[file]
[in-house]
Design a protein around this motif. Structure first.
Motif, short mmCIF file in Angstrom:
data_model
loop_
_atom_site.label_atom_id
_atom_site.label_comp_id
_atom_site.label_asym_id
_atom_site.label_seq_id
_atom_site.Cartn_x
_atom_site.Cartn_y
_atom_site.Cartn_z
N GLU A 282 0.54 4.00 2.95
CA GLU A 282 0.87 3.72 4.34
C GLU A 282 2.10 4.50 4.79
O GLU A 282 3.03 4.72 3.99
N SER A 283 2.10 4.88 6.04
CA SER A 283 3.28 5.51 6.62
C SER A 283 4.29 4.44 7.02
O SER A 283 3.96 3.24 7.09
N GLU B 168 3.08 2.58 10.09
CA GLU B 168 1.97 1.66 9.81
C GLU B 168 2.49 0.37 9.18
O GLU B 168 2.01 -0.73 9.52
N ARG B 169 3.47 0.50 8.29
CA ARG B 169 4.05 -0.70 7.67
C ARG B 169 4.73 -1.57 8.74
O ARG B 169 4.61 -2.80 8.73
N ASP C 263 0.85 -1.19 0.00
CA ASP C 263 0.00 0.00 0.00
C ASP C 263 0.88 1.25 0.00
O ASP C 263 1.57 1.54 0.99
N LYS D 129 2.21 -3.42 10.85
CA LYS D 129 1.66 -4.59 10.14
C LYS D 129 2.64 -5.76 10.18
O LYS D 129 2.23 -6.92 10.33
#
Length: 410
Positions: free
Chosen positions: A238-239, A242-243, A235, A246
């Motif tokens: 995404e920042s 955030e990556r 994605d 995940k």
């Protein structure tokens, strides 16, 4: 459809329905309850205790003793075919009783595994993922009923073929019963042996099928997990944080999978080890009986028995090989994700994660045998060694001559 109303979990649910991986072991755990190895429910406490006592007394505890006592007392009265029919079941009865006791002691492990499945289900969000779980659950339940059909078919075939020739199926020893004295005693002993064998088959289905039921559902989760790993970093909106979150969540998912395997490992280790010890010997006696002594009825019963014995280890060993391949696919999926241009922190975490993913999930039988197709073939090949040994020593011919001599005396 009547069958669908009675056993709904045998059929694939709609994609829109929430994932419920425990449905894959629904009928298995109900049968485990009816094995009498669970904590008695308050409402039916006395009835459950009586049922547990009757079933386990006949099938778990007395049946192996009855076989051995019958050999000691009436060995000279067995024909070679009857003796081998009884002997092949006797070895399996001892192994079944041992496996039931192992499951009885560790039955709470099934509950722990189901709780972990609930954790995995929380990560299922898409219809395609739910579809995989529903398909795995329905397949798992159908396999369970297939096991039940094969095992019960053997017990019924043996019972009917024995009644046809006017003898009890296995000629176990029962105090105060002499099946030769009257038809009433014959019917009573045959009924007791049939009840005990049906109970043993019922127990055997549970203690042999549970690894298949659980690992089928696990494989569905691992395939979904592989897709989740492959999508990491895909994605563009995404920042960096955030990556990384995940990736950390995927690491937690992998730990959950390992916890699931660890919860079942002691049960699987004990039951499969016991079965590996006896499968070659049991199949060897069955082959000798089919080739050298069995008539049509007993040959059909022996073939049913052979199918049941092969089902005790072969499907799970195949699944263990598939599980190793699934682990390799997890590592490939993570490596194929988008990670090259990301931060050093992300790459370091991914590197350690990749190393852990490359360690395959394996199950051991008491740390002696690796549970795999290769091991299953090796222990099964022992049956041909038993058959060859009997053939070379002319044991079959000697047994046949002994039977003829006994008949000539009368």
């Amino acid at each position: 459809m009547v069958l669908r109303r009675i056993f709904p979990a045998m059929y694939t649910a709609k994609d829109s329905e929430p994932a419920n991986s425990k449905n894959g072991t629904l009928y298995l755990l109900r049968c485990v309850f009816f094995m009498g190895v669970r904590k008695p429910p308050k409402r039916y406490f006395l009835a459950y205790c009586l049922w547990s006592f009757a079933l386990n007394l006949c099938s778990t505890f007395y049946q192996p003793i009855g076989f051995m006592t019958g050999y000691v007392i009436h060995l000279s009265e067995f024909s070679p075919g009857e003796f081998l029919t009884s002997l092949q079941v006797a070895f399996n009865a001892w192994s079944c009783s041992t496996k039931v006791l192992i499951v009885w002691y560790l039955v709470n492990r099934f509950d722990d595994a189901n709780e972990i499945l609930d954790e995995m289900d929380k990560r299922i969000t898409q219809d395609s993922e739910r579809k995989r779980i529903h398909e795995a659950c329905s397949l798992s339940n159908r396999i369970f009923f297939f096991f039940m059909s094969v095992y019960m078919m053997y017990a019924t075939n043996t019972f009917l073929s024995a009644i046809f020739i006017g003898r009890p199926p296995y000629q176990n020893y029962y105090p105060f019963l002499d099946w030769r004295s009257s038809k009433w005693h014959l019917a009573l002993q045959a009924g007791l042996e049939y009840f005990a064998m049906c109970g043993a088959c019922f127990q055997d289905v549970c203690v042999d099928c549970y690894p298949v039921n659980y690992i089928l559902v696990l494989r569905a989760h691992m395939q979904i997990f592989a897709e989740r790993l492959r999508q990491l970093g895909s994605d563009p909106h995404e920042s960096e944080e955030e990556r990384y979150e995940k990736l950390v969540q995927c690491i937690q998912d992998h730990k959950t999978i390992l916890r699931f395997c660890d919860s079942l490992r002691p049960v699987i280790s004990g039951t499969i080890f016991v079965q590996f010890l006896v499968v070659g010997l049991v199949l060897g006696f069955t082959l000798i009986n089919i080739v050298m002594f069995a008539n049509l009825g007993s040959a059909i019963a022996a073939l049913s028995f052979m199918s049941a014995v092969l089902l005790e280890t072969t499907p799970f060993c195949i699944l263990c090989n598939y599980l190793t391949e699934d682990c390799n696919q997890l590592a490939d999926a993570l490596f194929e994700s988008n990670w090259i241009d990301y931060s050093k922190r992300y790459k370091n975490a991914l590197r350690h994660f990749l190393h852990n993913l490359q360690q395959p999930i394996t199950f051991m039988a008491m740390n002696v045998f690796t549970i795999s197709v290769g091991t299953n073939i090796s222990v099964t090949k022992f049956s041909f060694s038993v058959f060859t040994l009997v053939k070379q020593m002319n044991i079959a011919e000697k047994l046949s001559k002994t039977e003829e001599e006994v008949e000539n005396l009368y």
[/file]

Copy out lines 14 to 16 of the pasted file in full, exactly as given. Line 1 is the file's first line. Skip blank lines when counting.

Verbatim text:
CA GLU A 282 0.87 3.72 4.34
C GLU A 282 2.10 4.50 4.79
O GLU A 282 3.03 4.72 3.99